An account of a militant strike of steel workers of the Carnegie company in the US defending their organisation and conditions against the bosses, the police and hired armed mercenaries.
The Robber Baron Andrew Carnegie precipitated the Homestead Strike of 1892 with his attack against the standard of living of the workers and his bid to break the union representing the highest skilled workers. Carnegie announced his intention to impose an 18 percent pay cut and issued a statement saying that the real issue was whether the Homestead steel workers would be union or non-union. He ordered a 12 foot high fence to be built around the plant – 3 miles in length – with 3 inch holes at shoulder height every 25 feet, signalling preparation for an armed fight with the workers. At the same time Carnegie hired the notorious Pinkerton company to provide armed thugs for the upcoming struggle. An ultimatum was issued for workers to accept the wage cut by June 24th or face mass layoffs.
The workers did not take these provocations lightly. They were not about to abandon the union and submit to Carnegie’s dictates without a fight. The Amalgamated Union, which represented the skilled workers, about 750 of the plant’s 3,800 employees, established an Advisory Committee, comprised of five delegates from each lodge, to coordinate the struggle against Carnegie’s attacks. A mass meeting of 3,000 workers from all categories, union and non-union voted overwhelmingly to strike.
The Advisory Committee took responsibility for organising an elaborate network to track the company’s manoeuvres, to monitor the possibility of an anticipated transport of Pinkerton goons by river boat from Pittsburgh. Workers rented their own vessel to patrol the river. Every road within a five mile radius of Homestead was blockaded, and a thousand strikers patrolled the river banks for ten miles. The Committee assumed virtual control of the town, assuming authority over the water, gas, and electricity facilities, shutting down the saloons, maintaining order and proclaiming ad hoc laws. An attempt by the county sheriff to move against the strikers fell flat on its face when he proved unable to raise a posse. The workers offered the sheriff a tour of the plant and promised to guarantee the security of the facility from any trespassers. Sympathy for the strikers was high.
On July 5th a steam whistle sounded the alarm at 4am. Two barges transporting more than 300 Pinkertons left Pittsburgh. By the time the thugs arrived at Homestead, 10,000 armed strikers and their supporters were gathered to "greet" them. An armed confrontation erupted. Thirty workers were wounded, and three killed in the early fighting. Armed proletarians from nearby towns rushed to the scene to reinforce their class brothers. The shoot-out continued throughout the day. Finally the demoralised Pinkertons, trapped in debilitating heat on the barges, outnumbered and outgunned, mutinied against their superiors.
Most were not regular agents, but reservists who had been recruited under false pretences; they were prepared to do some bullying, intimidating and terrorising, but did not have the stomach to confront armed, organised class resistance. Once the Pinkertons surrendered, the workers debated what to do with their despised prisoners. Angered by the casualties inflicted by the Pinkertons – a total of 40 wounded, 9 killed - some wanted to execute the thugs, but the Committee reasoned that a mass execution would be used against the strikers by the bosses. Instead the Pinkertons were forced to run a gauntlet. In the end the casualties suffered by the Pinkertons were 20 shot, seven killed and 300 injured running the gauntlet.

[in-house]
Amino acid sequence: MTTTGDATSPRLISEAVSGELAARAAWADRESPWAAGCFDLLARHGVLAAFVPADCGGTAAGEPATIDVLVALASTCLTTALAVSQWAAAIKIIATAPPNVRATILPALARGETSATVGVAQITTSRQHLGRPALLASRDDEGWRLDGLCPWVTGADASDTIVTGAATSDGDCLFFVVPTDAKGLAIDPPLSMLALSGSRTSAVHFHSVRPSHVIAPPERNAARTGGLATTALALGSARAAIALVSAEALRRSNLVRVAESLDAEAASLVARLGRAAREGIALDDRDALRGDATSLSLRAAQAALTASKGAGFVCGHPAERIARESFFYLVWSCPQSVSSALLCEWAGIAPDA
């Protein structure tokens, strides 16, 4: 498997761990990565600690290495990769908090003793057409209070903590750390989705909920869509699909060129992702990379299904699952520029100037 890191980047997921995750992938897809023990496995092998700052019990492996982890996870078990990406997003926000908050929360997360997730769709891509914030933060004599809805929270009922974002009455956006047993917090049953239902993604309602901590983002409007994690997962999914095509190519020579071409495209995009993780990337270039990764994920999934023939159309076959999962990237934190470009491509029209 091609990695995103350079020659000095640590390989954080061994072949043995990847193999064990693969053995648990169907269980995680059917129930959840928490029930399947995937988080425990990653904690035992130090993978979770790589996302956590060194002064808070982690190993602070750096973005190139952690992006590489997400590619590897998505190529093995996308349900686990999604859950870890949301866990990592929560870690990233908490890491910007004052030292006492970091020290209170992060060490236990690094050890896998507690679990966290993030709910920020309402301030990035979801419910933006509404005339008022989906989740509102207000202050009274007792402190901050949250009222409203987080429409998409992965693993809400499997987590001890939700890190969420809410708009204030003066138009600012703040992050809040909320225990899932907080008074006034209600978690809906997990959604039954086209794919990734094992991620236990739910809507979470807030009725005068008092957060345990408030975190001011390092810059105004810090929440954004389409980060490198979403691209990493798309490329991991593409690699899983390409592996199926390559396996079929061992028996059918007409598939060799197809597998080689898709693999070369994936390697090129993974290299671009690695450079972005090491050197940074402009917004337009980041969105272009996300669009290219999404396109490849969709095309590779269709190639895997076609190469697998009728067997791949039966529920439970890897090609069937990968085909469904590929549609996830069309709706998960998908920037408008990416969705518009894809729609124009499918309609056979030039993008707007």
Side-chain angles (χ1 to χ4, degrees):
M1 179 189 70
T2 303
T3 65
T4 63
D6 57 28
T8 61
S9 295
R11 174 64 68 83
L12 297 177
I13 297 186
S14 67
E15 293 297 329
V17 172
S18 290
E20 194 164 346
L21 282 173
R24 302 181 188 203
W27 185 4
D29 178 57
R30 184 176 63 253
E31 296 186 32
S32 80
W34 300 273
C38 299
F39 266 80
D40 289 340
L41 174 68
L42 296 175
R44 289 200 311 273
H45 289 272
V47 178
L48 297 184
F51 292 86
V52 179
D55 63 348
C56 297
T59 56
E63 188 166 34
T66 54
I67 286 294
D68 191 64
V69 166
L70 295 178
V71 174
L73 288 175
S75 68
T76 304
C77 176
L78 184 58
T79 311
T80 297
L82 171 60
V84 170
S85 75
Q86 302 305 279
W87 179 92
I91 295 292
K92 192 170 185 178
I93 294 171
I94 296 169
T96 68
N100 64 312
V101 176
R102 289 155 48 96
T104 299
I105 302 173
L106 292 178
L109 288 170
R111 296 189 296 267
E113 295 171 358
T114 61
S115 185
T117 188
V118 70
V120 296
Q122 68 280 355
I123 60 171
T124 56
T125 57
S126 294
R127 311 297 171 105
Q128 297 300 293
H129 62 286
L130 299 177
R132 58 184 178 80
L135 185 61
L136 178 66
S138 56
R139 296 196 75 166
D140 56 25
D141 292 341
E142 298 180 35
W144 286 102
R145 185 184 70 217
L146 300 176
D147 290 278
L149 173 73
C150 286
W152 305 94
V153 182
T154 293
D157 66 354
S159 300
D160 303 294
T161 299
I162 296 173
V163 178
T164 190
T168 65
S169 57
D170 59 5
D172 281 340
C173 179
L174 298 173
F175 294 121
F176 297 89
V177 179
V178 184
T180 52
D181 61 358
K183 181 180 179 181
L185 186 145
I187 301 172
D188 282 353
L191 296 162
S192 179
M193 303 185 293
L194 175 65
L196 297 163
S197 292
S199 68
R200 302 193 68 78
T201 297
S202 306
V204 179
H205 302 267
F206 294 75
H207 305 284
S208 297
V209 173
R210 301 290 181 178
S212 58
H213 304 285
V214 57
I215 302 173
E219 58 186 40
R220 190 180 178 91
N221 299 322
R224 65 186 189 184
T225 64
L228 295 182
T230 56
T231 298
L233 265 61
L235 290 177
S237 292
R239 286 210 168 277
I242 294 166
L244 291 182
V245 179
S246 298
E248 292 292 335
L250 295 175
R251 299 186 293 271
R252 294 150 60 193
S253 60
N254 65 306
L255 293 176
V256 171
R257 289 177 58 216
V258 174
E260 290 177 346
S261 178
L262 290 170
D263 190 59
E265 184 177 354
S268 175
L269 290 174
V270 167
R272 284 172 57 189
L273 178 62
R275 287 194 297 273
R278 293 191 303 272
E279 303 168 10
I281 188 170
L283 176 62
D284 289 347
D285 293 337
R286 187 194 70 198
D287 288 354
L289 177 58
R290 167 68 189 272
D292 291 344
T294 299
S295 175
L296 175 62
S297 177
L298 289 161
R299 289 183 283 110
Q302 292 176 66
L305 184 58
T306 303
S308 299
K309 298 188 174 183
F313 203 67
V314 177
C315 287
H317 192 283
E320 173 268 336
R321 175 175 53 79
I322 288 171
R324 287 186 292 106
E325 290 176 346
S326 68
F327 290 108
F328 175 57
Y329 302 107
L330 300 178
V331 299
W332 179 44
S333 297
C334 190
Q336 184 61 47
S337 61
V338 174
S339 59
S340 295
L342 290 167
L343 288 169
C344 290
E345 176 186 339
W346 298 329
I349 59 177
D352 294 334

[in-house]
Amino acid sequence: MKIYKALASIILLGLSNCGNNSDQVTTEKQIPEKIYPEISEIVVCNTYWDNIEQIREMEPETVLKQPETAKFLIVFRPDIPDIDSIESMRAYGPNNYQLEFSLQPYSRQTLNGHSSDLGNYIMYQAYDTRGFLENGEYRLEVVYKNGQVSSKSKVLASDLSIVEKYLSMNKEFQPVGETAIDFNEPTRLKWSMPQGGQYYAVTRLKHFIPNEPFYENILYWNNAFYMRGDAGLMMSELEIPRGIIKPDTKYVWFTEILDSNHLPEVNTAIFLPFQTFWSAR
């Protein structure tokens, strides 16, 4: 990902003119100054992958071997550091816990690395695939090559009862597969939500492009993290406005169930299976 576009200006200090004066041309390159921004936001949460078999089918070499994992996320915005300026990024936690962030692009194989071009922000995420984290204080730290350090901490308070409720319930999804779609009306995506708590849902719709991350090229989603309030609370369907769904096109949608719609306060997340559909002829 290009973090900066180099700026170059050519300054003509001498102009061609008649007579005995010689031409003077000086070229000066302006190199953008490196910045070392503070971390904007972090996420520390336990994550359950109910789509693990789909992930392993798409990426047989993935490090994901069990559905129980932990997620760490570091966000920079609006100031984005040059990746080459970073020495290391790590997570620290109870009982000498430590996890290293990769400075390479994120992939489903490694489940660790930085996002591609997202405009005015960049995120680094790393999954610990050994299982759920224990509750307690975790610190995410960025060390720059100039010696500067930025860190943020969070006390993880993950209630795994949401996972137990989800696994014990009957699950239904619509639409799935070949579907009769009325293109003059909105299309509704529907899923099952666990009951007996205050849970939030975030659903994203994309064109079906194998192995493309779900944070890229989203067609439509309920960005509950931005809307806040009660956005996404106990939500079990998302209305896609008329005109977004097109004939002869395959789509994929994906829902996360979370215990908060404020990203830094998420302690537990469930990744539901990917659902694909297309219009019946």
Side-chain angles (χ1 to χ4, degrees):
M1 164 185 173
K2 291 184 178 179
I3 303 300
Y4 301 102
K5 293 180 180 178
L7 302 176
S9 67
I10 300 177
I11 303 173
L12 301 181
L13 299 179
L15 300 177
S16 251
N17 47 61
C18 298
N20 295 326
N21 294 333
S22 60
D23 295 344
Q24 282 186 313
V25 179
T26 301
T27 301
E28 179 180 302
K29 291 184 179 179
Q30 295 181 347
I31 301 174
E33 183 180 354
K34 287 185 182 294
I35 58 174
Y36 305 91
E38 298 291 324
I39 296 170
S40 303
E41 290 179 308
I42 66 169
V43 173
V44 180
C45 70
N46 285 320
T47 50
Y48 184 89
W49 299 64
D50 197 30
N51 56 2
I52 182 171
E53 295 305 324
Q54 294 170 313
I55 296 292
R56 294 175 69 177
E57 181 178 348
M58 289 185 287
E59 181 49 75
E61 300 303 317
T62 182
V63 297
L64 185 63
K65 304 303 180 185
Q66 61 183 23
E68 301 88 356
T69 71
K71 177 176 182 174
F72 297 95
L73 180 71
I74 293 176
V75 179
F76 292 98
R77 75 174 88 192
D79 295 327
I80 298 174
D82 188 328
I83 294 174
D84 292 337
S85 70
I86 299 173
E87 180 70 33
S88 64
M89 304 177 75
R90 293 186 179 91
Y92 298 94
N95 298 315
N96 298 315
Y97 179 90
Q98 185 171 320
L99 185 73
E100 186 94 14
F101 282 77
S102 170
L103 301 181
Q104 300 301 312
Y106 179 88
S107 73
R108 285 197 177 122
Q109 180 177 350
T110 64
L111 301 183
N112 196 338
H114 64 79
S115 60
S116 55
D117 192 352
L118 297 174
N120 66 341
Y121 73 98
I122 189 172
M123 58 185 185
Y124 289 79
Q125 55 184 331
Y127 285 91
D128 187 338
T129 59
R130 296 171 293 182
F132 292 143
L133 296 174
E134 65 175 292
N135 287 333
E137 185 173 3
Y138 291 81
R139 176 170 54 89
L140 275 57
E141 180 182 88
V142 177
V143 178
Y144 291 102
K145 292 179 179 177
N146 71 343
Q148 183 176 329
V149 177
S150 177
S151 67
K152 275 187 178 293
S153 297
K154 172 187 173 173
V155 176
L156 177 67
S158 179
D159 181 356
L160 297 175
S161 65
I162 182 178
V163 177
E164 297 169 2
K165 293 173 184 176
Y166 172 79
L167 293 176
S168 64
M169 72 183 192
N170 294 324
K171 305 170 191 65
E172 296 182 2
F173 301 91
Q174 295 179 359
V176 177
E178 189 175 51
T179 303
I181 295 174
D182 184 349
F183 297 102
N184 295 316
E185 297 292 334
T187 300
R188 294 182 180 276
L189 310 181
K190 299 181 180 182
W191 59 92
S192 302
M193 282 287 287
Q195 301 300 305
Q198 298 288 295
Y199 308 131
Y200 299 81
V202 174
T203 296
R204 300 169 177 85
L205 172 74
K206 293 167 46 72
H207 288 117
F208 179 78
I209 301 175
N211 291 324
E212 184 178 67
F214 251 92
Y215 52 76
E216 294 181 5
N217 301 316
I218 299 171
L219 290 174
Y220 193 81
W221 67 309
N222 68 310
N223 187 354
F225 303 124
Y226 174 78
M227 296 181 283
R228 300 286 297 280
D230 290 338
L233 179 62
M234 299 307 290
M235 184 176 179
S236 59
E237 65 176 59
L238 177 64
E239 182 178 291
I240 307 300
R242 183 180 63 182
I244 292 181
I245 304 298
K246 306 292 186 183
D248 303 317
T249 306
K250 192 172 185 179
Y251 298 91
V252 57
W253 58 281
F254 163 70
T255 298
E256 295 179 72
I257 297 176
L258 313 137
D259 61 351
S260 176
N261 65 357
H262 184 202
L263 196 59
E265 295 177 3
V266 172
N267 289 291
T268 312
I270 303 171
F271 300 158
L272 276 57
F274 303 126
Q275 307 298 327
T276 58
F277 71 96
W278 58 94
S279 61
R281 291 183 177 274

In retaliation for the deaths of strikers, a young Russian anarchist called Alexander Berkman attempted to assassinate the Carnegie boss Henry Clay Frick. He shot Frick twice and stabbed him, but Frick remarkably survived. Berkman was subsequently imprisoned for 14 years.
The strike continued for four months. Eventually federal troops were brought in to crush the struggle, and 160 strikers were arrested and charged with murder and assault. But the bosses’ repressive apparatus could not find a jury anywhere in the Pittsburgh region that would convict a single striker. All were acquitted. Hugh O’Donnell, one of the strike leaders, was first charged with treason. Following his acquittal on those charges, he was immediately rearrested and tried for murder. And following acquittal on that charge, he was rearrested and tried for assault – again successfully beating back the state's prosecution.
However, despite beating back the criminal charges, the strike morale was broken, and the union driven out. Throughout the country workers were sympathetic to the struggle at Homestead, and needless to say, the spokesmen of the capitalist class were furious. Strikers were referred to as a "mob." The New York Times granted that the company had provoked the battle, nevertheless maintained solidarity with its class brother and insisted that the obligation of the state was "to enforce law and order at Homestead, to quell the mob, to put the property of the Carnegie Steel Company in possession its owners and to protect their lawful rights."
Despite ending in defeat, Homestead was an important moment in the history of class struggle in America. What happened at Homestead was not a riot. It was organised class violence, consciously controlled by the workers, as part of the struggle. Homestead demonstrated clearly the capacity of workers to organise their struggles, to resist the attacks of the capitalist class, to achieve an active solidarity in struggle, to organise their own power to rival that of the local state apparatus during the struggle, to organise class violence and exercise it judiciously.
Edited and altered by libcom from an article called Historical legacy of the working class - History Demonstrates the Power of Workers’ Struggles by the International Communist Current.